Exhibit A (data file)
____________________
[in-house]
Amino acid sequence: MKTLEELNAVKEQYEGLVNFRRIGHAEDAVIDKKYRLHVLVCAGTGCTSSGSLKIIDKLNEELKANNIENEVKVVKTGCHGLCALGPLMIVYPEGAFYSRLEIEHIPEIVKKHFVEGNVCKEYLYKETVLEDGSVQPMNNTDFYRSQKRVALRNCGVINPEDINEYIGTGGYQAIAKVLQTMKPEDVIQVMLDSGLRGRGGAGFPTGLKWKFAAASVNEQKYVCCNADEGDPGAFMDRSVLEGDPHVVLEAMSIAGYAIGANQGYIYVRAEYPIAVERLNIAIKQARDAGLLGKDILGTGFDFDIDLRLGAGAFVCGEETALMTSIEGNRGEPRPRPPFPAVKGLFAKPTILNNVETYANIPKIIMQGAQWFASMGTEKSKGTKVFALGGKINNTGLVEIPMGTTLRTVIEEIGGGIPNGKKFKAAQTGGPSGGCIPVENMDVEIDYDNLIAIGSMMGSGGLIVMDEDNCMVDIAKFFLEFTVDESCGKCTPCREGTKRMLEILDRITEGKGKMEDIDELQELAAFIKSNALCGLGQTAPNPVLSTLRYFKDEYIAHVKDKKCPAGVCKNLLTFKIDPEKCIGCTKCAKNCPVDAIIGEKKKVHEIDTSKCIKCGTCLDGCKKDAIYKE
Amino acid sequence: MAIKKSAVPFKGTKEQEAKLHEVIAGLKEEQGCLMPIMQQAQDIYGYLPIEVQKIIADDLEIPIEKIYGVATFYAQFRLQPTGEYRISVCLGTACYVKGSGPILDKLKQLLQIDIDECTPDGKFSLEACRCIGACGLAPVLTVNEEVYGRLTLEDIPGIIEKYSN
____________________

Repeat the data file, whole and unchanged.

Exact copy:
[in-house]
Amino acid sequence: MKTLEELNAVKEQYEGLVNFRRIGHAEDAVIDKKYRLHVLVCAGTGCTSSGSLKIIDKLNEELKANNIENEVKVVKTGCHGLCALGPLMIVYPEGAFYSRLEIEHIPEIVKKHFVEGNVCKEYLYKETVLEDGSVQPMNNTDFYRSQKRVALRNCGVINPEDINEYIGTGGYQAIAKVLQTMKPEDVIQVMLDSGLRGRGGAGFPTGLKWKFAAASVNEQKYVCCNADEGDPGAFMDRSVLEGDPHVVLEAMSIAGYAIGANQGYIYVRAEYPIAVERLNIAIKQARDAGLLGKDILGTGFDFDIDLRLGAGAFVCGEETALMTSIEGNRGEPRPRPPFPAVKGLFAKPTILNNVETYANIPKIIMQGAQWFASMGTEKSKGTKVFALGGKINNTGLVEIPMGTTLRTVIEEIGGGIPNGKKFKAAQTGGPSGGCIPVENMDVEIDYDNLIAIGSMMGSGGLIVMDEDNCMVDIAKFFLEFTVDESCGKCTPCREGTKRMLEILDRITEGKGKMEDIDELQELAAFIKSNALCGLGQTAPNPVLSTLRYFKDEYIAHVKDKKCPAGVCKNLLTFKIDPEKCIGCTKCAKNCPVDAIIGEKKKVHEIDTSKCIKCGTCLDGCKKDAIYKE
Amino acid sequence: MAIKKSAVPFKGTKEQEAKLHEVIAGLKEEQGCLMPIMQQAQDIYGYLPIEVQKIIADDLEIPIEKIYGVATFYAQFRLQPTGEYRISVCLGTACYVKGSGPILDKLKQLLQIDIDECTPDGKFSLEACRCIGACGLAPVLTVNEEVYGRLTLEDIPGIIEKYSN